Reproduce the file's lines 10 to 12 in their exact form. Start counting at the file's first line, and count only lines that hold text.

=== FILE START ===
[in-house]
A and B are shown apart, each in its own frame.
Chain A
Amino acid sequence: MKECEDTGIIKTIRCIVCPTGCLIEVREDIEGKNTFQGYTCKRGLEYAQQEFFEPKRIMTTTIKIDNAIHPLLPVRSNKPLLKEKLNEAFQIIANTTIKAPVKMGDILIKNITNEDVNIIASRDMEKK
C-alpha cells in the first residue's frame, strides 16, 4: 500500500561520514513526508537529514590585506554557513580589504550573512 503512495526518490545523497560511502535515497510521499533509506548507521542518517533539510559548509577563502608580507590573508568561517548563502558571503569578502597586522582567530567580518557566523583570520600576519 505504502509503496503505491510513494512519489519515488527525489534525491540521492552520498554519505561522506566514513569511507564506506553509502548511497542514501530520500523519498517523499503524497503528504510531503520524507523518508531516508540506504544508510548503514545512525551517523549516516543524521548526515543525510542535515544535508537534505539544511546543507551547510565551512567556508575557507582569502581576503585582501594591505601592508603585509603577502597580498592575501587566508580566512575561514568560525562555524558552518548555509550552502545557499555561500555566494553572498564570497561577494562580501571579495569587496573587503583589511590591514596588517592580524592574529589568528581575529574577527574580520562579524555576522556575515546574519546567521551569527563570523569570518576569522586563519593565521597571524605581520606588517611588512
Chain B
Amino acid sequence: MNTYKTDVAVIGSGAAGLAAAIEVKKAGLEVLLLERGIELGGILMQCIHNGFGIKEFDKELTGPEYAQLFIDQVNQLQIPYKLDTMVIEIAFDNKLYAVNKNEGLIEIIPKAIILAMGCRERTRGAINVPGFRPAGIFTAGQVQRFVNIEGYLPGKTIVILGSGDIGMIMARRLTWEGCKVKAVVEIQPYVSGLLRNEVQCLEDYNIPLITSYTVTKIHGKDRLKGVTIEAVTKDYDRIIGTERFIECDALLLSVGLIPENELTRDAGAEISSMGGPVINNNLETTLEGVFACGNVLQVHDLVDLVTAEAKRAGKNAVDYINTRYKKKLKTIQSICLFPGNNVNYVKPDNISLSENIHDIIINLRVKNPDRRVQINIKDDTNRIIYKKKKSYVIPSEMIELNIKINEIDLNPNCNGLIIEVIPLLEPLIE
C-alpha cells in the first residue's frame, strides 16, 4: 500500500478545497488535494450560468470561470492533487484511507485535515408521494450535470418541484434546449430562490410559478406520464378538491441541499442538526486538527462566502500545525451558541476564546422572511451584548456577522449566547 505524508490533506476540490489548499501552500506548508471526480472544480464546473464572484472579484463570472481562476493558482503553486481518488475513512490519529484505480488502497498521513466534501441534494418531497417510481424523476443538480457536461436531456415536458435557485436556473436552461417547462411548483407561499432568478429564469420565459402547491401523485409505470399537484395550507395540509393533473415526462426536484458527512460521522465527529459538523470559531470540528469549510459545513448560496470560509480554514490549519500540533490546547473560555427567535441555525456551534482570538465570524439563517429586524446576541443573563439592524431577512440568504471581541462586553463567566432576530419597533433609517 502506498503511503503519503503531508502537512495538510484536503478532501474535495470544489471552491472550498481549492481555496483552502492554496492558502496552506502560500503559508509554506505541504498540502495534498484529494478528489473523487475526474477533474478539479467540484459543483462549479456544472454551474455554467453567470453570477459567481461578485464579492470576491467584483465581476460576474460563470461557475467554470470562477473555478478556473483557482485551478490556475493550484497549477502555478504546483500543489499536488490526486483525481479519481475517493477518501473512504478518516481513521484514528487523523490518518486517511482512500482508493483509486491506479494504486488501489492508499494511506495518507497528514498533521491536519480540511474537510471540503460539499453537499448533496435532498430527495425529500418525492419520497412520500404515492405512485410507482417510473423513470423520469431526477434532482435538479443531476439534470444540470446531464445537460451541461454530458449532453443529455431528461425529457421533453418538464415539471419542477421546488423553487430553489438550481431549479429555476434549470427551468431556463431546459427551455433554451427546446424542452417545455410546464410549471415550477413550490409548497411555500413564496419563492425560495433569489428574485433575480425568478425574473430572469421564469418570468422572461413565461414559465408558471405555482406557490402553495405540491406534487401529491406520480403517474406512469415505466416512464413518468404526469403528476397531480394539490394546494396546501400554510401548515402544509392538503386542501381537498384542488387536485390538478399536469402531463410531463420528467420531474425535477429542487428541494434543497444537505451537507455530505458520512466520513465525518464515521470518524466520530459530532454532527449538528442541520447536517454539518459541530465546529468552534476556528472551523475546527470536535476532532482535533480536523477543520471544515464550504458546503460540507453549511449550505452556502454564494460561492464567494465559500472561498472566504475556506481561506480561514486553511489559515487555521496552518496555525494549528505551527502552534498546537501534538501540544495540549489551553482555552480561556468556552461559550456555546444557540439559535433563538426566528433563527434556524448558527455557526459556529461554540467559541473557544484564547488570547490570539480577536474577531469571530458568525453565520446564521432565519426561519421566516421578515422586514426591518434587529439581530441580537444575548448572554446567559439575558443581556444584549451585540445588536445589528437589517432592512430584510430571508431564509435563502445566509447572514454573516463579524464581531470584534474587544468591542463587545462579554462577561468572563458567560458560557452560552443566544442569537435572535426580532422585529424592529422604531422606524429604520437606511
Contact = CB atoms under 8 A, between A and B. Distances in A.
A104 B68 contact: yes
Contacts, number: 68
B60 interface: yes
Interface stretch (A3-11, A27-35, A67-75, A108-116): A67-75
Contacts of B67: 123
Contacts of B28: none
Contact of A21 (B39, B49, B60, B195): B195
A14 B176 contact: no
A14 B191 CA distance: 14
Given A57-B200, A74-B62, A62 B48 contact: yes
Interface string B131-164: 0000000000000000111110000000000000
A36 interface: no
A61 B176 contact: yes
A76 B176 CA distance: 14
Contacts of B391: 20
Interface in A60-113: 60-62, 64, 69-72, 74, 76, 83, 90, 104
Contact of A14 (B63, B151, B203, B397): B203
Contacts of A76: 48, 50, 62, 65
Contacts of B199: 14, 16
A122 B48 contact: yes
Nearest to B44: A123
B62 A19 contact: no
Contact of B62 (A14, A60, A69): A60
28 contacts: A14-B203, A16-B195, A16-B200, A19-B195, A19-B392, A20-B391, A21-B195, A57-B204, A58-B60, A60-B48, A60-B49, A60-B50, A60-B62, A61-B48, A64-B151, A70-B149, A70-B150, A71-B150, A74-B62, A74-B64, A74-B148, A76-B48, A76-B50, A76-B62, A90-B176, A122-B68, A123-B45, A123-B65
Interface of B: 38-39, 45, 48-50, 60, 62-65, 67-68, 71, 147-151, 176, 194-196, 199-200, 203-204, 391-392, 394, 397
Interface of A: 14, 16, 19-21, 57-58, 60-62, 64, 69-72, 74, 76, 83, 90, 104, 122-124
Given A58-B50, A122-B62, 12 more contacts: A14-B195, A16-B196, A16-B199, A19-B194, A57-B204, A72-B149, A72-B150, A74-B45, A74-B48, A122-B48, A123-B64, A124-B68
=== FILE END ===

A104 B68 contact: yes
Contacts, number: 68
B60 interface: yes